All the application of psychology I listed above contribute to people’s well being, and while not all methods are as precise or effective, they are helping people change their behavior according to their will. For example – helping a person with “ticks” overcome his obsessive behavior. But as they say, “with great power, comes great responsibility”.

Even when ignoring problematic experiments and psychological torture, there are still many ways to misuse even the best theraputic practices. If we put asside drug abuse, the main concern that comes to mind, and rightly so, is behavioral modification. The same methods that can help overcome bad habits and teach us to act in more positive ways can be used, if applied correctly, to coerce us into an activity, which we might rationalize as entertaining but wouldn’t have neccesairily engaged in williningly having seen it’s outcome. This article raises a flag on one example – the social gaming industry – whose buisness model relies heavily on influencing players to dedicate time, and eventually, money, with their games.

Even if we put aside the debate regarding the merits of playing a game (described in the article as “‘easy’ vs. ‘hard’ fun”), the major concern, in my idea, is the weak but effective coersion techniques used to getting players involved in the games. If that seems to harsh of a judgement, read this. People payed to click cows… COWS… and now that they’re gone, there are still people playing… So what if their moo sounds are cute!

Despite the above rant, the point I’m trying to make has nothing to do with the games – while I despise them and find them problematic, my main issue is with the idea that this is a working, effective buisness, based on “clicking nothing” games. I can’t imagine working and supporting such an endavor – coming to work to develop games that lure people into a psychological experiment, for which they have to pay (THAT would actually be illegal in modern standards). It’s not about good or bad, but rather about the human hours wasted by both users and company on “clicking nothing”. I feel the way Luis Von Ahn fealt about the captchas.

I try to fill this blog with ideas that make our lives more fulfilling – doing something because it contributes to something else – not just for that something’s sake. I do it because I think that be it through crowdsourced efforts or individual developments, we are building, block by block, a better tommorow through todays technologies, when we try to look at them practicly rather than as a buisness or something cool. I want to eventually pitch and develop an idea that will take part in this trend.

Zynga is the exact opposite of this vision – it bases its success solely on the effectivness of its buisness model, which isn’t a great feat considering how virality and reinforcement are easy to achieve these days. The fact that the internet is so widely based on these economically oriented buisness models (AKA heavy advertising, paid subscription, etc’) is both outdated an a missed opportunity in my opinion – why waste people’s time? There are many examples of successful projects that garnered interest because of their value, not their buisness potential. I wish with all my heart more buisnesses would look into generating a valuble service or by-product as a way to get funded, rather than the methods listed above.

Returning to social games, and more specifically, the gamers – it’s time to set up higher standards for what we do in our spare time, even in games. Look at the many options today – games that are smartly designed, thought games, games with a social message, or full fledged GWAPs (games with a purpose) – we have enough variety to chose critically on what to invest our time in. In the end, any time we spend on any activity should be valuable to us, and is in fact valuable for the companies (time is easily to capitalise. Therefore, I believe a true shift in gamers interest could, if direct enough, force a shift in buisness strategies as well. The question remains – how to engage a large enough crowd?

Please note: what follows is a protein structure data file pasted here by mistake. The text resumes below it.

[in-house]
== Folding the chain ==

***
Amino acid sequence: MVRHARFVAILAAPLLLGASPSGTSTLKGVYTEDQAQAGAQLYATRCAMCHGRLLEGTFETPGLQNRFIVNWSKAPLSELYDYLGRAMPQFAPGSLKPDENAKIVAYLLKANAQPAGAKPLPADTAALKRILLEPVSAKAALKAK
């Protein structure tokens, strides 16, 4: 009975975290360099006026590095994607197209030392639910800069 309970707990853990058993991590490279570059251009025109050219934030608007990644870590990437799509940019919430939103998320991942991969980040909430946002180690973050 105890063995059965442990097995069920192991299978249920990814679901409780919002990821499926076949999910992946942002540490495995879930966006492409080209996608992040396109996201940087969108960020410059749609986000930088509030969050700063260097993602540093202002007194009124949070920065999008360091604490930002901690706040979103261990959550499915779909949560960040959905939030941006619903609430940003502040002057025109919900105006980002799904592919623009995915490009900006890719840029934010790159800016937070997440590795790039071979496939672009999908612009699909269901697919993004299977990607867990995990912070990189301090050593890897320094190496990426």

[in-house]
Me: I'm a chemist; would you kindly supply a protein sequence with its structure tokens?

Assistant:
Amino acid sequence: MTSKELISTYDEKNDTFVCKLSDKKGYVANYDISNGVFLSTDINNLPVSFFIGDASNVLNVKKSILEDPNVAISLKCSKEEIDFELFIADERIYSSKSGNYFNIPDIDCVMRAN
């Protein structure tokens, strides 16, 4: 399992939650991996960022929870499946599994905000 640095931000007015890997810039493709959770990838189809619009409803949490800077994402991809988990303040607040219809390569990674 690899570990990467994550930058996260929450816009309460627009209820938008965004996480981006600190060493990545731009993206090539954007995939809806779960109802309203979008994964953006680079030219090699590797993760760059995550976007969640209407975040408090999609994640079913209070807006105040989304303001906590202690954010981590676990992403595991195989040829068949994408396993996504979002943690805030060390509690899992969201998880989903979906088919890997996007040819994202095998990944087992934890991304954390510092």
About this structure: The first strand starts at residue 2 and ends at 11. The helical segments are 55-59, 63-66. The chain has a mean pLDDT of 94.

via tumblr http://vehpus.tumblr.com/post/16429768891 at January 25, 2012 at 01:09AM. Originally posted on http://vehpus.tumblr.com

Using the Internet for Psychology Studies

January 5, 2012

Using the Internet for Psychology Studies:

This article is great for two reasons: first, it links nicely to my previous post on the value of writing; secondly, the method used to study the research question in the psychology study was interesting – it used kids’ interactions on the internet, to learn something about their psychological well-being.

The only thing that seems strange to me is this – once the researchers figured out they wanted to study the interactions of students over the internet, why did they suffice with picking a few students from nearby schools, rather than try to pick them up from the internet itself.

Obviously there are many challenges to overcome in order to conduct a valid psychology study (having taken an introductory course in psychology in Israel’s Open University out of general interest in the field, I only began to grasp the complexity of these studies). Psychologists need to monitor so many variables in their studies, it’s probably understandable their natural instinct would be to keep the study up close and personal.

But what I still don’t see in the field of psychology, unlike many other fields, is serious considerations of the merits a web platform for psychology research. The article itself provides several reasons to at least consider it – the use of blogs and commenting, which could be easier to monitor if conducted in a controlled web environment, and the ability to reach a wider testing audience (which, as the researchers profess, was gender biassed in their study).

It’s true that using the web comes with many risks, including spamming, flaming, and trolling in comments to name just a few, but I think a good and controlled environment, with the proper incentive to participate (while still complying with requirements to avoid harming the test participants) could be amazing. Imagine a computer game designed with sensory tests that could gather data from around the world? Or how about testing cooperation under very controlled circumstances? I’ve actually read an article about Spanish researchers testing the prisoners dilema in a computer hall with 1000 students – but why not set up the same experiment with 100,000? The technology is there – all that’s missing are willing designers to plan the research!

via tumblr http://vehpus.tumblr.com/post/15312980516 at January 05, 2012 at 12:52AM. Originally posted on http://vehpus.tumblr.com


%d bloggers like this: